Although the occupants of the Delta were largely West Semitic, most of them were not Hyksos—and they certainly were not members of the 15th dynasty. That is, they were neither rulers nor conquerors, and are never referred to as Hyksos in contemporary Egyptian sources. Instead, they were farmers and herdsmen, shepherds and cowherds, weavers, dyers, and other artisans. These Hebrews or their ancestors had settled peacefully in the Delta during the latter portion of the Middle Kingdom and early part of the Second Intermediate Period. 

A few of these settlers appear to have been well off. According to the Quran, Karun/Korah was a member of the Israelites who had been blessed with great wealth. He flaunted his wealth and was proud of his position in society, but he refused to use his wealth for the benefit of others. Instead, he hoarded his riches, reveled in his own power and status, and eventually openly challenged Moses. Others served as artisans and skilled laborers on Egyptian estates. 

Still others may have arrived as indentured servants, or chattel slaves. In the world of the ancient Near East, the king viewed his subjects as his servants, and his subjects viewed themselves as servants of the king. Biblical Hebrew even uses the same word—ebed—for “slave,” “servant,” “vassal,” “subject” (of a king), and “minister” (of a king).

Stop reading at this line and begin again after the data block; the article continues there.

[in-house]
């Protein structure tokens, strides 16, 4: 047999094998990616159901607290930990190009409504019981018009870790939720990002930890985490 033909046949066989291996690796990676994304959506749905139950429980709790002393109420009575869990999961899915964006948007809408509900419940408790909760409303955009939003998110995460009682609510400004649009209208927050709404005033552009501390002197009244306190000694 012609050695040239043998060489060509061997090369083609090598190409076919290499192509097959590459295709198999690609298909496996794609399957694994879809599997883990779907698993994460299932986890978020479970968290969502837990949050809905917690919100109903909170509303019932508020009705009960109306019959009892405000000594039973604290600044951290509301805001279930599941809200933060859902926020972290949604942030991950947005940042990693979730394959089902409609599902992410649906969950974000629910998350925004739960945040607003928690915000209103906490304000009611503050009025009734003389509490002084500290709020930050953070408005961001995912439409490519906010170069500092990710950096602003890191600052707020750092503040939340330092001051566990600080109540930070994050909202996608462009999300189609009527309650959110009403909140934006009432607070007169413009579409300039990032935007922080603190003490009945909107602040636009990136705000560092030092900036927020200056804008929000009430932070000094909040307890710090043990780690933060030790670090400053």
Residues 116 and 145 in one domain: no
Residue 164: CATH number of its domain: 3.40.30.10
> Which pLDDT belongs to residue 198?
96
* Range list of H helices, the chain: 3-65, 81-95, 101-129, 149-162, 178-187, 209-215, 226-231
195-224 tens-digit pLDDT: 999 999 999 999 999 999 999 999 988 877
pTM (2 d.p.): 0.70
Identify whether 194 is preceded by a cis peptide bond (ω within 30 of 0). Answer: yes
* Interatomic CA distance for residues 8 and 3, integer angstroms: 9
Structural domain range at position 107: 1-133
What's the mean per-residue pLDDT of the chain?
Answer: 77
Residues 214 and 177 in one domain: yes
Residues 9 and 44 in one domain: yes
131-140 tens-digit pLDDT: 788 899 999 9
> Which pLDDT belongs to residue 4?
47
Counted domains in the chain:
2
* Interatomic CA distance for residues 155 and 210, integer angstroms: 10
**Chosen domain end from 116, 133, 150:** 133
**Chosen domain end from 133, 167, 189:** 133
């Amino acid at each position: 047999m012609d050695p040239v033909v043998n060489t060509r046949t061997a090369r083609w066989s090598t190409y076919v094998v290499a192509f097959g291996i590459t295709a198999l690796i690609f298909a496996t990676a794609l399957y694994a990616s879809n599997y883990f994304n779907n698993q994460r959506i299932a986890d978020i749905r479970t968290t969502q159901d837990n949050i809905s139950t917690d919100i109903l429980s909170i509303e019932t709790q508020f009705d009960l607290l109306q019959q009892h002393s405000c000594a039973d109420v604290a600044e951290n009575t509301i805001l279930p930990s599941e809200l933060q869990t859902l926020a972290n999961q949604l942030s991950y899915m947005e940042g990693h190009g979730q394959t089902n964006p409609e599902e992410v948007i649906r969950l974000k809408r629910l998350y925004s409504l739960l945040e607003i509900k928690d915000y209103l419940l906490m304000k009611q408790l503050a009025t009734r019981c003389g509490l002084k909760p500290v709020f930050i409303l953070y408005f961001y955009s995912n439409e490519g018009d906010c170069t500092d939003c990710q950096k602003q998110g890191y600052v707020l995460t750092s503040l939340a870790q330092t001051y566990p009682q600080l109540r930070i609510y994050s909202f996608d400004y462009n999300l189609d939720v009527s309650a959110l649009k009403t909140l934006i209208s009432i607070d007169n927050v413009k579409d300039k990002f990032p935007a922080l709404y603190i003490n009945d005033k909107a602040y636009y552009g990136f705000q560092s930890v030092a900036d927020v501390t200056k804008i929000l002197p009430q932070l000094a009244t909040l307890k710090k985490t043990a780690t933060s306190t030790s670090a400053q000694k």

From the perspective of northern Egyptian residents, the 15th dynasty kings were their rulers, northern Egypt was Egypt, and their ruler was king of Egypt. The existence of another Egyptian kingdom, ruled by native Egyptians, 700 km to the south, would have been largely irrelevant. 

Thus, in Israel’s memory, they were subjects/slaves/vassals/servants to the King of Egypt, and the fact that this king was himself West Semitic and not native Egyptian was a fine distinction, lost in the mists of time.

Rabbi Allen S. Maller

Allen Maller retired in 2006 after 39 years as Rabbi of Temple Akiba in Culver City, Calif. He is the author of an introduction to Jewish mysticism. God. Sex and Kabbalah and editor of the Tikun series of High Holy Day prayerbooks.

Leave a Reply

Your email address will not be published. Required fields are marked *